Marijuana refers to the dried leaves, flowers, stems, and seeds from the Cannabis sativa or Cannabis indica plant. The plant contains the mind-altering chemical THC and other similar compounds. Extracts can also be made from the cannabis plant.
People smoke marijuana in hand-rolled cigarettes (joints) or in pipes (bongs). They also smoke it in blunts (cigar wrap). Also people are using vaporizers and mix marijuana in food (edibles), such as brownies, cookies, or candy, or brew it as a tea. A newly popular method of use is smoking or eating different forms of THC-rich resins.
Marijuana has both short-and long-term effects on the brain. THC acts on specific brain cell receptors that ordinarily react to natural THC-like chemicals. These natural chemicals play a role in normal brain development and function.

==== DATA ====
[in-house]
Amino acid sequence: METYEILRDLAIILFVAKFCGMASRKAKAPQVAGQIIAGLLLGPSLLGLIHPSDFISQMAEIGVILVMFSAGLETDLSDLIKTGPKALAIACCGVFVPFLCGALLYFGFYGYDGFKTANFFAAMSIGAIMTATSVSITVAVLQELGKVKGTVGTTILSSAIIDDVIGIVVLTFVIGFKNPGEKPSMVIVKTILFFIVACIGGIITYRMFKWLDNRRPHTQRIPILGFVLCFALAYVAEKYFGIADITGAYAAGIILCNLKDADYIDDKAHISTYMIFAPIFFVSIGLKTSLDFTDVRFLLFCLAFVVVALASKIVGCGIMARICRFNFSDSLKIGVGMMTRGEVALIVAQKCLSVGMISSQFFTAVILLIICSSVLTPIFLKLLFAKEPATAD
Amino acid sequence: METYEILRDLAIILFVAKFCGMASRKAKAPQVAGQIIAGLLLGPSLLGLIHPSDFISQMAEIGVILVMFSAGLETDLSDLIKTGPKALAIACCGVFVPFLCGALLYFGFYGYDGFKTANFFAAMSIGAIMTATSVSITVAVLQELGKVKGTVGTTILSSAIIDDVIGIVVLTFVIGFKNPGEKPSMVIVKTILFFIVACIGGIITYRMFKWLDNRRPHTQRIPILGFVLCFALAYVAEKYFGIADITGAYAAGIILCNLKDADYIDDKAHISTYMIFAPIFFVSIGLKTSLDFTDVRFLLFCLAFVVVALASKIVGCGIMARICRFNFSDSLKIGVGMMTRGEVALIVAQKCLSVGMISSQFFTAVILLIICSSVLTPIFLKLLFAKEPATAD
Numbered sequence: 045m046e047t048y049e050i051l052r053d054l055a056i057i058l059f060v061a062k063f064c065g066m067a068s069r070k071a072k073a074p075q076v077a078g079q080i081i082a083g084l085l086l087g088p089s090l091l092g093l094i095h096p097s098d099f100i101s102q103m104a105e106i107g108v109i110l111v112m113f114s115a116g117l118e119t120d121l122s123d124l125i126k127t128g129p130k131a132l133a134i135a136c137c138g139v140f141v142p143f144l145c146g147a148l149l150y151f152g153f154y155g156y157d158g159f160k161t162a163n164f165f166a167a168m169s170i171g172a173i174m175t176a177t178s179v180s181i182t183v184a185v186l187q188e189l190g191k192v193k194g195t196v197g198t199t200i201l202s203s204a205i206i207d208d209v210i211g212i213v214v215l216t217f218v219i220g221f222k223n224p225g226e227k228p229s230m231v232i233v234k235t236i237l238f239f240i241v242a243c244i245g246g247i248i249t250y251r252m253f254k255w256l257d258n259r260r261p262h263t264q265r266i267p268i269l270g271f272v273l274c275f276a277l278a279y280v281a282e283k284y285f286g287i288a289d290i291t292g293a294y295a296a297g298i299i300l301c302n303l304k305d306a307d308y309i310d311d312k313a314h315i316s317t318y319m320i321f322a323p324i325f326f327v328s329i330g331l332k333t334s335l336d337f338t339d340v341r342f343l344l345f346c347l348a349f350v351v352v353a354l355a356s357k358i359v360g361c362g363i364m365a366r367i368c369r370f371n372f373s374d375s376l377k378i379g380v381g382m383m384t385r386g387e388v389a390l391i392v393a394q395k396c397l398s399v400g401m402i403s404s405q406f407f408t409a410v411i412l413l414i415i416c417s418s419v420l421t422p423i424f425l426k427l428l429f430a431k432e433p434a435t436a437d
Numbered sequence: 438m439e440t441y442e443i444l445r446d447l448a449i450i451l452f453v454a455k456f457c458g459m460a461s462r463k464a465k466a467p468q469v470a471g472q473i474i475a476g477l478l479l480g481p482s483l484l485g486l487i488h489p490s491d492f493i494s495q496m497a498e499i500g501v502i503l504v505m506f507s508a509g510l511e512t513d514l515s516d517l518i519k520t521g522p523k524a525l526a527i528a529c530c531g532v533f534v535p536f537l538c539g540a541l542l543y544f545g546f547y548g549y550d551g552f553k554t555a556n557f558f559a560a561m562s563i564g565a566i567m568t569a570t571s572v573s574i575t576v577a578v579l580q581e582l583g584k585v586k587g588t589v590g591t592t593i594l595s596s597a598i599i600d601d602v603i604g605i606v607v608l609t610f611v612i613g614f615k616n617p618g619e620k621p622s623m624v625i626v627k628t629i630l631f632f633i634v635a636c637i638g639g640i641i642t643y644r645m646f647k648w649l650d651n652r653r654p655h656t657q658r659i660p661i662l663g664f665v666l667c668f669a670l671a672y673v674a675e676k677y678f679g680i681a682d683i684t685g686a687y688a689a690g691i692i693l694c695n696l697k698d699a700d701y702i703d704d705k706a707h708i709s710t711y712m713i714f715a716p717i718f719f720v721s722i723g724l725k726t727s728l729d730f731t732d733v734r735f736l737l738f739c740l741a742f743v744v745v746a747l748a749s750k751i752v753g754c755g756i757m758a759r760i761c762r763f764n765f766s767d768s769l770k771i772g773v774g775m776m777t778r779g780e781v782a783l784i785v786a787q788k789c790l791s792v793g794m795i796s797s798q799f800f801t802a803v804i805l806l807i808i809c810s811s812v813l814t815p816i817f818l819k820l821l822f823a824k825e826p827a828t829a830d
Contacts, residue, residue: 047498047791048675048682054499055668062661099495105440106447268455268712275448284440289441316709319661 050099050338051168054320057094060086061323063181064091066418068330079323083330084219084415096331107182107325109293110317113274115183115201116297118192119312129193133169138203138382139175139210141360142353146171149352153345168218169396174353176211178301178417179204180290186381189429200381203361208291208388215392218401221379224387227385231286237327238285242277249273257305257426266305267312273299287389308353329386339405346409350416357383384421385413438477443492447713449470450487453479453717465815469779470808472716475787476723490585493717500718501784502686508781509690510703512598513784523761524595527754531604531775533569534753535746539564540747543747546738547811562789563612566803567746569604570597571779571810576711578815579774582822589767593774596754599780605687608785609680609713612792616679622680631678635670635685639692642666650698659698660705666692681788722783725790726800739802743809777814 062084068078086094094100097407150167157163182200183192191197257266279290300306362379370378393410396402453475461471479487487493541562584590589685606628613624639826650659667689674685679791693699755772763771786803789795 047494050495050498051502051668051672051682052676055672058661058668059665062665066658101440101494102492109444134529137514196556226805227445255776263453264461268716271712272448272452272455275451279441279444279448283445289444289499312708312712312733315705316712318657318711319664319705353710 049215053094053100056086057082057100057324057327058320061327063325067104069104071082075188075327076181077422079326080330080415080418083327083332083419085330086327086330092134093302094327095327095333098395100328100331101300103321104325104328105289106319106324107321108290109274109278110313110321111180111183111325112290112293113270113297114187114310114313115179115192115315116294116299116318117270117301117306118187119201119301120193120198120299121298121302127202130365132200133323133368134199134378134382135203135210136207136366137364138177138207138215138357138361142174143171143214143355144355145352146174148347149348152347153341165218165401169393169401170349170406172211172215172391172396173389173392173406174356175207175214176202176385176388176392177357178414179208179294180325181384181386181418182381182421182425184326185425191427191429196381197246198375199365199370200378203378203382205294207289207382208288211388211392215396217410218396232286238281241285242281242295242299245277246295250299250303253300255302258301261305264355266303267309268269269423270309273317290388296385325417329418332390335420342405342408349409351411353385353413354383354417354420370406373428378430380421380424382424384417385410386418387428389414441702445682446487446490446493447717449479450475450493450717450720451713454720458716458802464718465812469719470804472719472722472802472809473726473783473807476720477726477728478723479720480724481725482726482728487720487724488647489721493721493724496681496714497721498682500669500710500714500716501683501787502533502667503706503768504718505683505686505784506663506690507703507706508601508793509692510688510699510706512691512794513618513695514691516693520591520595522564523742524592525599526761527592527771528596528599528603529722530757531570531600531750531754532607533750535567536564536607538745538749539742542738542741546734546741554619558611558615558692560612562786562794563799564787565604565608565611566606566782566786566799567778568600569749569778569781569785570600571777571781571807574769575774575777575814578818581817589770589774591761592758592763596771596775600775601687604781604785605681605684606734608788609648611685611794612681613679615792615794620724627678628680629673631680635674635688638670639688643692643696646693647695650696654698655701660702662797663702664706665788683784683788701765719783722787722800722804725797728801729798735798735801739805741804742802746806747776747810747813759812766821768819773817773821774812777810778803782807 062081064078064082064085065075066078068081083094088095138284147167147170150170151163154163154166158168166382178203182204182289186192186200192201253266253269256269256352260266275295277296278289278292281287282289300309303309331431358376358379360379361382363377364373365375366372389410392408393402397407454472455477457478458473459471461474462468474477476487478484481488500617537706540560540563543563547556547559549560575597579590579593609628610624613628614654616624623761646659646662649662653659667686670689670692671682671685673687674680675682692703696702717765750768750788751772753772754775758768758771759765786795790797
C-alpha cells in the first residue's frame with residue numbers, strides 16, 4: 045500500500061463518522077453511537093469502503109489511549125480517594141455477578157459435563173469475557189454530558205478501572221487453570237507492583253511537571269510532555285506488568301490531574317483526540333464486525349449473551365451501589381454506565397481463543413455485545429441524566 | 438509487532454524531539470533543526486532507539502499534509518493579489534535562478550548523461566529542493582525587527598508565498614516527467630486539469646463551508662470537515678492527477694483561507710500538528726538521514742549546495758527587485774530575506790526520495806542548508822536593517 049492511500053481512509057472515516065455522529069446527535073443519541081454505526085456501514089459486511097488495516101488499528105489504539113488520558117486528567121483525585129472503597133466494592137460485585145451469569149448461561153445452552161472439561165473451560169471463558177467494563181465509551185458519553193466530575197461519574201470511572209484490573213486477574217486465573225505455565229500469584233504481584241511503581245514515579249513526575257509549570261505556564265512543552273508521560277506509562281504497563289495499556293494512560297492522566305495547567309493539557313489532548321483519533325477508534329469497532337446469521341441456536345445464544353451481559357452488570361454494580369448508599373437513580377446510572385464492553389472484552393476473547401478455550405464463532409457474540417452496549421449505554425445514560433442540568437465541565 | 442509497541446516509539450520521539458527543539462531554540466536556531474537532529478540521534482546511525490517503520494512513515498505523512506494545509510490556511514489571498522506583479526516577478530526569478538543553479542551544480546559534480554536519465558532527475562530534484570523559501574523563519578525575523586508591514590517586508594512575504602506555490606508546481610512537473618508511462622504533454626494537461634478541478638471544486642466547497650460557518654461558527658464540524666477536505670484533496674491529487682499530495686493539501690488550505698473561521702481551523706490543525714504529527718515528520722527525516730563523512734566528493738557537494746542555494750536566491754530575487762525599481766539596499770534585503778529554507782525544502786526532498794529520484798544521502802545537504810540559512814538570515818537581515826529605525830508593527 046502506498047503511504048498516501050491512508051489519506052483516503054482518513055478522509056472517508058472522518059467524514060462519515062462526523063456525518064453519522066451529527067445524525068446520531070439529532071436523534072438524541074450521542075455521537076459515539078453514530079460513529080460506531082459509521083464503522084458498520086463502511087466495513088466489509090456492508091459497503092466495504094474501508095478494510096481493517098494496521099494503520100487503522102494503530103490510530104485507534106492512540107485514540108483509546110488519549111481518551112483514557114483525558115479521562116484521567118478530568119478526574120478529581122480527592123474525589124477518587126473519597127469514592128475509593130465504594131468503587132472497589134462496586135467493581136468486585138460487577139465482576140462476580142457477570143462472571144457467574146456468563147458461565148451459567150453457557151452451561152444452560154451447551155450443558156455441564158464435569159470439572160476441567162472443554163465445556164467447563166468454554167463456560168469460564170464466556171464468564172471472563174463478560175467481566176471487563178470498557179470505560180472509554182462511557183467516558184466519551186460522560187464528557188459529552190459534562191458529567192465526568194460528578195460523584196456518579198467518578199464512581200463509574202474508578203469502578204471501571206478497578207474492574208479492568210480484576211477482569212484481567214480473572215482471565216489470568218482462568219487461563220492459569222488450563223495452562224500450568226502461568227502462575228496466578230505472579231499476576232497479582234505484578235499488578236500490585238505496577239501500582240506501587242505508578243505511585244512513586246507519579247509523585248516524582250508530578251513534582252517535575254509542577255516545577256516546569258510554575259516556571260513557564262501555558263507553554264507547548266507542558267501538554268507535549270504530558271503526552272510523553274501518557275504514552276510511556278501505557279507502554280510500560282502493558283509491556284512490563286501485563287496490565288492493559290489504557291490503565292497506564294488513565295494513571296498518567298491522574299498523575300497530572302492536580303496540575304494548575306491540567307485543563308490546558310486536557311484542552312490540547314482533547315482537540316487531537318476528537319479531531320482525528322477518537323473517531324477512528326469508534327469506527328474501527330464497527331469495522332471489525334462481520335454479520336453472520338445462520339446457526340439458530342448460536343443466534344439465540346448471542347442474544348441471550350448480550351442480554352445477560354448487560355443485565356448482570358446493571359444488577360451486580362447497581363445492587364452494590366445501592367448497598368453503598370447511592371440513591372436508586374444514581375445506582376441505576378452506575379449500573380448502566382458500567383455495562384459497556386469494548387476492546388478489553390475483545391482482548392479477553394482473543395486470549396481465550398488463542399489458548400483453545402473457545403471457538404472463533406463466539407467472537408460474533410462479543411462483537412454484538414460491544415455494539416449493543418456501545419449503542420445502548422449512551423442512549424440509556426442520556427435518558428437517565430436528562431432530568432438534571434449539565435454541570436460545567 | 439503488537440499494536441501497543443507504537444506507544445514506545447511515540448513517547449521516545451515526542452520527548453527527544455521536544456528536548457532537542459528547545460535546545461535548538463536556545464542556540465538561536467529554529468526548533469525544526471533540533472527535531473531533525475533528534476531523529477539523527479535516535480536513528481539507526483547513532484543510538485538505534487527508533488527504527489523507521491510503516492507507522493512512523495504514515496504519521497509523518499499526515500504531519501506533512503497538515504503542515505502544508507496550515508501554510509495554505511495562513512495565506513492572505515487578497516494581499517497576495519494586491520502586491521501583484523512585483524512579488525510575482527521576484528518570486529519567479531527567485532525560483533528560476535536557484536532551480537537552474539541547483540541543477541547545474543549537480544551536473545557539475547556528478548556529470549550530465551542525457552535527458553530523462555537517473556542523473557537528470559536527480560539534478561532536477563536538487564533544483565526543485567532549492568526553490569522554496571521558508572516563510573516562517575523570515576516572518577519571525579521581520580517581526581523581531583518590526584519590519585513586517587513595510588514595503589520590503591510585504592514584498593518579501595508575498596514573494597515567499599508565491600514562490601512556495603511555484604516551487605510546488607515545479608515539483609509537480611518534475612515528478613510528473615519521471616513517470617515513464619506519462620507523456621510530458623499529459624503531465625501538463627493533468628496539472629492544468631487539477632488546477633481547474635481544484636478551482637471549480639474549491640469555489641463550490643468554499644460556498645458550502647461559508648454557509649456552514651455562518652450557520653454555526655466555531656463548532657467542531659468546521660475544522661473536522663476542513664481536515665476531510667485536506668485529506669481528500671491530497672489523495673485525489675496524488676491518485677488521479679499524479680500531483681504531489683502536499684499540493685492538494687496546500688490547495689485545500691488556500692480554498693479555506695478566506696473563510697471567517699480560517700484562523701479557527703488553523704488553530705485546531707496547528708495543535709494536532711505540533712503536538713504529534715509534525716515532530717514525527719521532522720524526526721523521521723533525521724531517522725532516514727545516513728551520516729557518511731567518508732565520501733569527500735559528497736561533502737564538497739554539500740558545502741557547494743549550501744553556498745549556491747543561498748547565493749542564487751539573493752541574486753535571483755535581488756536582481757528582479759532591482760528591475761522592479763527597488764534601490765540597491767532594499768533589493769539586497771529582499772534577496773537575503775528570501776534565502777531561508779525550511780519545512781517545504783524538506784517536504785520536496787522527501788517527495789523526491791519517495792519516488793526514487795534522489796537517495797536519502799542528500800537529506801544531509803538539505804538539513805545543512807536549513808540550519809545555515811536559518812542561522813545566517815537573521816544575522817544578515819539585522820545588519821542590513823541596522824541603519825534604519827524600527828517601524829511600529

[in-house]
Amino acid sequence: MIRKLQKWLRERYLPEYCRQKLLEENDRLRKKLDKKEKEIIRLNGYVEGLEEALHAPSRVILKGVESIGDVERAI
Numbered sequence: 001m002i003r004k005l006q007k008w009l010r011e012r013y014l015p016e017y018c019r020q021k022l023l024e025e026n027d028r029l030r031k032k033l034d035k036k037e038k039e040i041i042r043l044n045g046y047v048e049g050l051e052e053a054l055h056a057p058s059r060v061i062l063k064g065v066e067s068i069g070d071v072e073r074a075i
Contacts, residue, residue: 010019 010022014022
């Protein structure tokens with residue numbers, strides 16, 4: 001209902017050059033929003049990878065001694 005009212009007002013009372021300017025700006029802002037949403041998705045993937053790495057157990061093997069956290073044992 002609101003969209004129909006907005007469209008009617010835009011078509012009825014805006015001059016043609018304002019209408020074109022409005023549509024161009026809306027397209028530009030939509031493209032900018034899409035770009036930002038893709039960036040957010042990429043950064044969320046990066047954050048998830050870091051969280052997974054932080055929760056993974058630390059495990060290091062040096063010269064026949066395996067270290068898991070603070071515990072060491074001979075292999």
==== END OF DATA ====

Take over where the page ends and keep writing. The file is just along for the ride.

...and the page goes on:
While it's possible to fail a drug test after inhaling secondhand marijuana smoke, it's unlikely. Studies show that very little THC is released in the air when a person exhales.
An overdose occurs when a person uses enough of the drug to produce life-threatening symptoms or death. There are no reports of teens or adults dying from marijuana alone.